After a slow spell on one trip, Phil got a call on the radio from another boat close by. They were into a nice school. The engines growled back up to cruise speed and off we went. We rendezvoused with the other captain as dawn cracked the night open like a can of Bud. I hadn’t slept in a day and was beat up from hours of boating in bumpy water. We took turns on the tuna and since I’d hooked the last fish, I was now 6th in line. The rotation eventually got back to me and my rod arced down fiercely toward the waterline. That fish, a 60 pound or so yellowfin, had no intention of joining us and yanked me back and forth across the stern, my thighs slamming the gunnels and breathing turning to gasping.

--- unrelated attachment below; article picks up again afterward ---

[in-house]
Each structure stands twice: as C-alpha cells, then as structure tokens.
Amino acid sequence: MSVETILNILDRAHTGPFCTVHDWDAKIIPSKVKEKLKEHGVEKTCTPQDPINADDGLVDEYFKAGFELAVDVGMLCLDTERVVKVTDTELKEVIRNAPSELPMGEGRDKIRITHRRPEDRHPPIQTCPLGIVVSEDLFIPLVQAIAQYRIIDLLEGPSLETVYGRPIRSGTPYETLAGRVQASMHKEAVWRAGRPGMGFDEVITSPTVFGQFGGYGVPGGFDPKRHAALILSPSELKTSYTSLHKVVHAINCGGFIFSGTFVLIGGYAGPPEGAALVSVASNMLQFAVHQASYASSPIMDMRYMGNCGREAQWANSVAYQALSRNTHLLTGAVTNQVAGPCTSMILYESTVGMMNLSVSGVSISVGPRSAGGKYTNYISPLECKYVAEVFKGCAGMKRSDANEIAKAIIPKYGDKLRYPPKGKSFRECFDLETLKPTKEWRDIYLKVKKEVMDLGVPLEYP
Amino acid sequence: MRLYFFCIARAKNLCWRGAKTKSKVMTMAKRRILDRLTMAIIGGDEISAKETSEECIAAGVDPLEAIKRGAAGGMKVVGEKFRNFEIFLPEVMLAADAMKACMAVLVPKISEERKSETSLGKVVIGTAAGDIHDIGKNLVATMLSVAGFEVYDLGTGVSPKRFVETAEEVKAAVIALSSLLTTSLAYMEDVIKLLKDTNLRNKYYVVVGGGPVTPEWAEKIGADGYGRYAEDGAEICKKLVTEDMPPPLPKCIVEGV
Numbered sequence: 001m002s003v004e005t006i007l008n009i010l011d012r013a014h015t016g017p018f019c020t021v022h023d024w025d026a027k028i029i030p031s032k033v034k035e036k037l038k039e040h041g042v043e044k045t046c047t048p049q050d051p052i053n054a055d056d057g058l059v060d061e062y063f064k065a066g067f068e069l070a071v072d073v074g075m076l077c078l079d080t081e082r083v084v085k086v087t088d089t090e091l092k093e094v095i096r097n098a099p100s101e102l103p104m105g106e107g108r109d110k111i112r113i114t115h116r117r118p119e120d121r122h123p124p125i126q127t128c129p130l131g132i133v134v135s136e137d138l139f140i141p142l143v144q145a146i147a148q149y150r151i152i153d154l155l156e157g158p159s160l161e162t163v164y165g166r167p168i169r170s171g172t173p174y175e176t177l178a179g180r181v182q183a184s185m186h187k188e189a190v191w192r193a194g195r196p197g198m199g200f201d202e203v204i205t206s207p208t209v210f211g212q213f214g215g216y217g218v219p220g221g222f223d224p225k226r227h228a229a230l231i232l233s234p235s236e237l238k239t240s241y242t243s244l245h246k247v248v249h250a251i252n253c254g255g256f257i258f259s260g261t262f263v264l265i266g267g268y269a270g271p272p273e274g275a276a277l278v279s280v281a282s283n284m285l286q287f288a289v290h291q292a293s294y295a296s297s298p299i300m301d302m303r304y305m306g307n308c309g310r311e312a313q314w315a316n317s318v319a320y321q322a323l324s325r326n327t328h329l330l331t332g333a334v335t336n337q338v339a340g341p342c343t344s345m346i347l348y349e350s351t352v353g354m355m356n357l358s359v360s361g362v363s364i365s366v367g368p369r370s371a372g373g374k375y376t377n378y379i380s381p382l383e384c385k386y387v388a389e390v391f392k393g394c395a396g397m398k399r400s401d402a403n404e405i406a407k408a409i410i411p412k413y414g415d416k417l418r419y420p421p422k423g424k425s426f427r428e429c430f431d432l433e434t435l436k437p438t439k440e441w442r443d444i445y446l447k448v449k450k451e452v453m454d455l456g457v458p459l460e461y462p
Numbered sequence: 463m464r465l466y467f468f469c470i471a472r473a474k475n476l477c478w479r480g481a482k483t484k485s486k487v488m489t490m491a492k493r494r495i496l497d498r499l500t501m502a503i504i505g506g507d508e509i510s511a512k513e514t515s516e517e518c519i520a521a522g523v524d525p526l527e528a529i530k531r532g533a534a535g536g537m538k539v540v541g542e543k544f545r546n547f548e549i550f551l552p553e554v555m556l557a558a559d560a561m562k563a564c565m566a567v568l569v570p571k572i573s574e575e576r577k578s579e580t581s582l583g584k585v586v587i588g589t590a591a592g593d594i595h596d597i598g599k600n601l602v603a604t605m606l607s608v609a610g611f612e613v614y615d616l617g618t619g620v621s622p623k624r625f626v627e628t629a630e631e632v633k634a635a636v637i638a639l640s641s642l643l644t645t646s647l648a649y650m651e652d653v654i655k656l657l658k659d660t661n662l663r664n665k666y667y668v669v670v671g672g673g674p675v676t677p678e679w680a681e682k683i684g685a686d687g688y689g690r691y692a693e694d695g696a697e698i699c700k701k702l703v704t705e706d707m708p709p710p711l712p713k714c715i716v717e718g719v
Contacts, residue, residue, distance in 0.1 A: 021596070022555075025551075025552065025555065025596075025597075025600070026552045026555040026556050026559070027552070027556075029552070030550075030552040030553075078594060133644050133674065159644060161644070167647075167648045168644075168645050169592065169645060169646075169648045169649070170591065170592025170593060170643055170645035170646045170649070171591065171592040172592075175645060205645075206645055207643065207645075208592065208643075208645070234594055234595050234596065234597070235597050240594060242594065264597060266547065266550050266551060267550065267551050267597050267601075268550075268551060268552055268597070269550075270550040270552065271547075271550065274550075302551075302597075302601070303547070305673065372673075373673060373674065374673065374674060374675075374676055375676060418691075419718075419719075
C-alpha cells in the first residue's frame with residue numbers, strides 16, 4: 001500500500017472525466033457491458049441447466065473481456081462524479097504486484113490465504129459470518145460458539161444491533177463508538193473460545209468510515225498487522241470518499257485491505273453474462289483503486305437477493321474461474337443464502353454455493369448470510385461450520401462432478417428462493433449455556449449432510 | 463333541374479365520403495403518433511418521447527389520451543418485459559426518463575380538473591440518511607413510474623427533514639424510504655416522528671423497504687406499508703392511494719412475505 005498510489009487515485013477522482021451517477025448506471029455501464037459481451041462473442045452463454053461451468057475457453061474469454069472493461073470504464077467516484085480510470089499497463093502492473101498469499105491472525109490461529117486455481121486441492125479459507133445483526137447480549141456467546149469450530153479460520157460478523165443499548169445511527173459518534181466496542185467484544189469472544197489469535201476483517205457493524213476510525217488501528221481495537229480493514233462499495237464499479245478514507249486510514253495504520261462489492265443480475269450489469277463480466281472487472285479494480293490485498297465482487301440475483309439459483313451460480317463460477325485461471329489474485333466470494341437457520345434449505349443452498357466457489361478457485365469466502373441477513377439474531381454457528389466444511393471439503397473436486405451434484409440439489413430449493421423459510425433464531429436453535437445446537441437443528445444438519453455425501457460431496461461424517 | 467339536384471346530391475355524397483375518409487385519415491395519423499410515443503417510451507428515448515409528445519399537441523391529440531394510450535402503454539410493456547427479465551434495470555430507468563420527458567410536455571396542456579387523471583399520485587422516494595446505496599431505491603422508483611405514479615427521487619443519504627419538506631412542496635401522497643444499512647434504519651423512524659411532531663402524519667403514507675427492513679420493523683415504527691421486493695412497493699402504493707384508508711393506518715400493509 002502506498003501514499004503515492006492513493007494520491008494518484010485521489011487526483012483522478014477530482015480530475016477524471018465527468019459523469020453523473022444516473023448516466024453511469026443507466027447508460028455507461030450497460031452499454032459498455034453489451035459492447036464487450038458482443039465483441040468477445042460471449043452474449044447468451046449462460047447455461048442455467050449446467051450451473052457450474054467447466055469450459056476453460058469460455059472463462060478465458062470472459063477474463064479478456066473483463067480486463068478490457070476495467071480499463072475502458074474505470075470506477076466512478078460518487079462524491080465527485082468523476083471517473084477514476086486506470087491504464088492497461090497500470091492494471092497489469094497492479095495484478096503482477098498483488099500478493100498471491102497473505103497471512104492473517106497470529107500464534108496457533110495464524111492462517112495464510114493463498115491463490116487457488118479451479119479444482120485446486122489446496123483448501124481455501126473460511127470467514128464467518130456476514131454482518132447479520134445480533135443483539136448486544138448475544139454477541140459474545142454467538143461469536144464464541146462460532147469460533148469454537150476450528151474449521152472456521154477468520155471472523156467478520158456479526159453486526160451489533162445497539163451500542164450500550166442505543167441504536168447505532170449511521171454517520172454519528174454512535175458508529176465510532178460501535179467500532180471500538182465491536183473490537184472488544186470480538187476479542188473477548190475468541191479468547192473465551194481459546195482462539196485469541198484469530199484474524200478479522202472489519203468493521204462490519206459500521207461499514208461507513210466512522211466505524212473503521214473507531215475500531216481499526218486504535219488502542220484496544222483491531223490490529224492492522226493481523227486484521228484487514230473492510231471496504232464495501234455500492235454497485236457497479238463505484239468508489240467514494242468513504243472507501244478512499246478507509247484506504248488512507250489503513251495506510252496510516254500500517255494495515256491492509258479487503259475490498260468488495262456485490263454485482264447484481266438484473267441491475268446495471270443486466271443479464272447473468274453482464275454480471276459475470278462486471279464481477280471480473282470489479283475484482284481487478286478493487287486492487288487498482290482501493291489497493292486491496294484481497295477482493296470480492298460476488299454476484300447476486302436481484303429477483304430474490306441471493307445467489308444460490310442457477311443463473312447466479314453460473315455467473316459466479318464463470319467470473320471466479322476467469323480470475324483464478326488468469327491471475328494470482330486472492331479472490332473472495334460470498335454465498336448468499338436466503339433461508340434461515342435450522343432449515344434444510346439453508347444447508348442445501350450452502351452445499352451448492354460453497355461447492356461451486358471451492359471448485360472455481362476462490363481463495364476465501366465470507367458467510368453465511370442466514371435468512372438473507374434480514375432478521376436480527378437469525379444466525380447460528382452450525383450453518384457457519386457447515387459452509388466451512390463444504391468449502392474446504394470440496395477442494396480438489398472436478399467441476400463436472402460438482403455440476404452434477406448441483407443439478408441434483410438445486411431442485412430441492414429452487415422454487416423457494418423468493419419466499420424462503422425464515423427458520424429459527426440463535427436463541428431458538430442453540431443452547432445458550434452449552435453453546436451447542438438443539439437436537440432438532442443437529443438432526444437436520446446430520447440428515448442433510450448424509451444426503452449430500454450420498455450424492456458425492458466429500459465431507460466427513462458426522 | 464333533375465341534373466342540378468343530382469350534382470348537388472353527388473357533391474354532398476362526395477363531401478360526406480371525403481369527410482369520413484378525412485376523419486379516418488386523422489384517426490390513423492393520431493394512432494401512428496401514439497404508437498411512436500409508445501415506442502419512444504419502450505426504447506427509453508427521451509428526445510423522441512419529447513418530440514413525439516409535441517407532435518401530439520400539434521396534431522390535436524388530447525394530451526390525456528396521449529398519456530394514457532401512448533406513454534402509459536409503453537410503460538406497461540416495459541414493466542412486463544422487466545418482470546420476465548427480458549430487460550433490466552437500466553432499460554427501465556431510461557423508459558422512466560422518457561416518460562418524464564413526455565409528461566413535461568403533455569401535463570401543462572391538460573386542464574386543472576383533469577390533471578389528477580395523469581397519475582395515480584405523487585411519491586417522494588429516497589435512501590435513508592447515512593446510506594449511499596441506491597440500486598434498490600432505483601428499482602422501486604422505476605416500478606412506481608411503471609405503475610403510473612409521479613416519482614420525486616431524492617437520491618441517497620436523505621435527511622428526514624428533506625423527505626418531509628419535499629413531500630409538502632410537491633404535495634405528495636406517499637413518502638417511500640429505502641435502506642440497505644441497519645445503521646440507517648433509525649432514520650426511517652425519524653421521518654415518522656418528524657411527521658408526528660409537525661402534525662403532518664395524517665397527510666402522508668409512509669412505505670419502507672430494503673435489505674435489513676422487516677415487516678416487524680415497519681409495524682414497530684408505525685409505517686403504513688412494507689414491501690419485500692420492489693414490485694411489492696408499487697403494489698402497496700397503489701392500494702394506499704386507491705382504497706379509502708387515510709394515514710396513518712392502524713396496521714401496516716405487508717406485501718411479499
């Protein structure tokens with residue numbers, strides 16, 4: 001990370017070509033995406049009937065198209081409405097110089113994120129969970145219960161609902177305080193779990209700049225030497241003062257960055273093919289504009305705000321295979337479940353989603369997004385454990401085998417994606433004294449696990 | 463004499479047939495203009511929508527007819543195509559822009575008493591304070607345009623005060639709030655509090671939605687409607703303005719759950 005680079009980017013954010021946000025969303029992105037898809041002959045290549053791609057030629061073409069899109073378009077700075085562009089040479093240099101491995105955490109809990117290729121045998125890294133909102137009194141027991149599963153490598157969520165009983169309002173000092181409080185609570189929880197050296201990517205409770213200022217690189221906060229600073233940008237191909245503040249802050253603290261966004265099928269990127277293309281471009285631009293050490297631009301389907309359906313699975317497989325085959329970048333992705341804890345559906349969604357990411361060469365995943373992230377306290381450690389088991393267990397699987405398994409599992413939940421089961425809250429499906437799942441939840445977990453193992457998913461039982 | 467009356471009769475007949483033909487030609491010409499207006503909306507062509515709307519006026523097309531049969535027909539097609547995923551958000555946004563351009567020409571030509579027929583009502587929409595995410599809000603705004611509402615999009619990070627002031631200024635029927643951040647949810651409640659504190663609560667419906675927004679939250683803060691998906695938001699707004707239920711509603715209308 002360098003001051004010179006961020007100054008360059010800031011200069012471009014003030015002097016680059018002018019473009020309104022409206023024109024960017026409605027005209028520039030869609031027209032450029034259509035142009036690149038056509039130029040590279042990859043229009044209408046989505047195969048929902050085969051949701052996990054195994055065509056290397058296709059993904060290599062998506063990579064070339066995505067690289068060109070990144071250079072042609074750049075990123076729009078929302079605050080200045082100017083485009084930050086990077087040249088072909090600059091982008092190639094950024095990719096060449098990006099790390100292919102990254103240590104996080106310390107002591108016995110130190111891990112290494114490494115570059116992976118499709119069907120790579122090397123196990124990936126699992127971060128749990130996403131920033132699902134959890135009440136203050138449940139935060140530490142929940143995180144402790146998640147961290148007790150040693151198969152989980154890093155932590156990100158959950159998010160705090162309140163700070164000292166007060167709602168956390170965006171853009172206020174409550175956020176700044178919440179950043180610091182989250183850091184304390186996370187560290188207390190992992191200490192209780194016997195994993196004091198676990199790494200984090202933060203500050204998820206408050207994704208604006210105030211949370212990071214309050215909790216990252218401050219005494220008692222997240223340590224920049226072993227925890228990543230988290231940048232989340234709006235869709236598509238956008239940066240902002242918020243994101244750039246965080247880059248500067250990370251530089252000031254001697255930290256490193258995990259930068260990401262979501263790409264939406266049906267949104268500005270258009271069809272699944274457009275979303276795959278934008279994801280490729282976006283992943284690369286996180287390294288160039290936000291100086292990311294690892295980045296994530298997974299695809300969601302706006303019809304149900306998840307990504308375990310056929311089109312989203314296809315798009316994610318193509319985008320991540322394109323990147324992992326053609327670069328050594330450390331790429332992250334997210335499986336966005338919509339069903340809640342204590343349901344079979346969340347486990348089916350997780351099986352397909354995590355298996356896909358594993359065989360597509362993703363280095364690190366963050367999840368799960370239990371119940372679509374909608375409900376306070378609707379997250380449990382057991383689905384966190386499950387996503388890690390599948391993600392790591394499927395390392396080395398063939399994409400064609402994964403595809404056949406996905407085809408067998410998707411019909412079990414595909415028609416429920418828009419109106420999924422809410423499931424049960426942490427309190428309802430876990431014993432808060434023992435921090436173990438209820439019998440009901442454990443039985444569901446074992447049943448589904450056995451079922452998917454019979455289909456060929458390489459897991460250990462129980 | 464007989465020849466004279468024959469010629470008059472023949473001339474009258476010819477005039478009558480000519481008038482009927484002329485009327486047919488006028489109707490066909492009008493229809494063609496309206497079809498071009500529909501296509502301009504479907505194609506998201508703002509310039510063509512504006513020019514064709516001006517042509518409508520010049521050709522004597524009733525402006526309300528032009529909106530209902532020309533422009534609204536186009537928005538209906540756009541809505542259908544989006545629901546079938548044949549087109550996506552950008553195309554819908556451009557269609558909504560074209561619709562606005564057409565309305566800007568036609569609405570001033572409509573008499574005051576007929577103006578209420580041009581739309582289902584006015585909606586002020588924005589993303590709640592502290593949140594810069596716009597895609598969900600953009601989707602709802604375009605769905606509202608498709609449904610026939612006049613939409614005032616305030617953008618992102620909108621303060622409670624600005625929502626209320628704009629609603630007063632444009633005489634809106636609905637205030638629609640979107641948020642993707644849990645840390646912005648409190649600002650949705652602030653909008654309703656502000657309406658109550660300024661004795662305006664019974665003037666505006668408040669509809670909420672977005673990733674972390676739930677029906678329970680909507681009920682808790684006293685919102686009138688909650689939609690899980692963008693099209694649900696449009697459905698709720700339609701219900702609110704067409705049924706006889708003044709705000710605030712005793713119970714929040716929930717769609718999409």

Phil peered down from the bridge laughing and said, “Hey Jack, who walks who when you take your dog out? That fish is beating the (stuffing, in effect) out of you.” Everyone got a kick out of seeing me struggle, no longer in control of anything except not being pulled overboard (and, somehow, not losing that fish but only because of our mate’s fabulous gaff work).

Others’ seafaring ventures have had more serious outcomes. The cruise ship industry provides many precious trips but not every voyage stays in control despite all the regulations and precautions. One that made headlines recently involved hundreds of passengers being subject to a lack of food, the loss of air conditioning and running water, out of commission bathrooms—a harrowing mess. It took days for the disaster to be brought back under control, with some passengers unlikely to cruise again.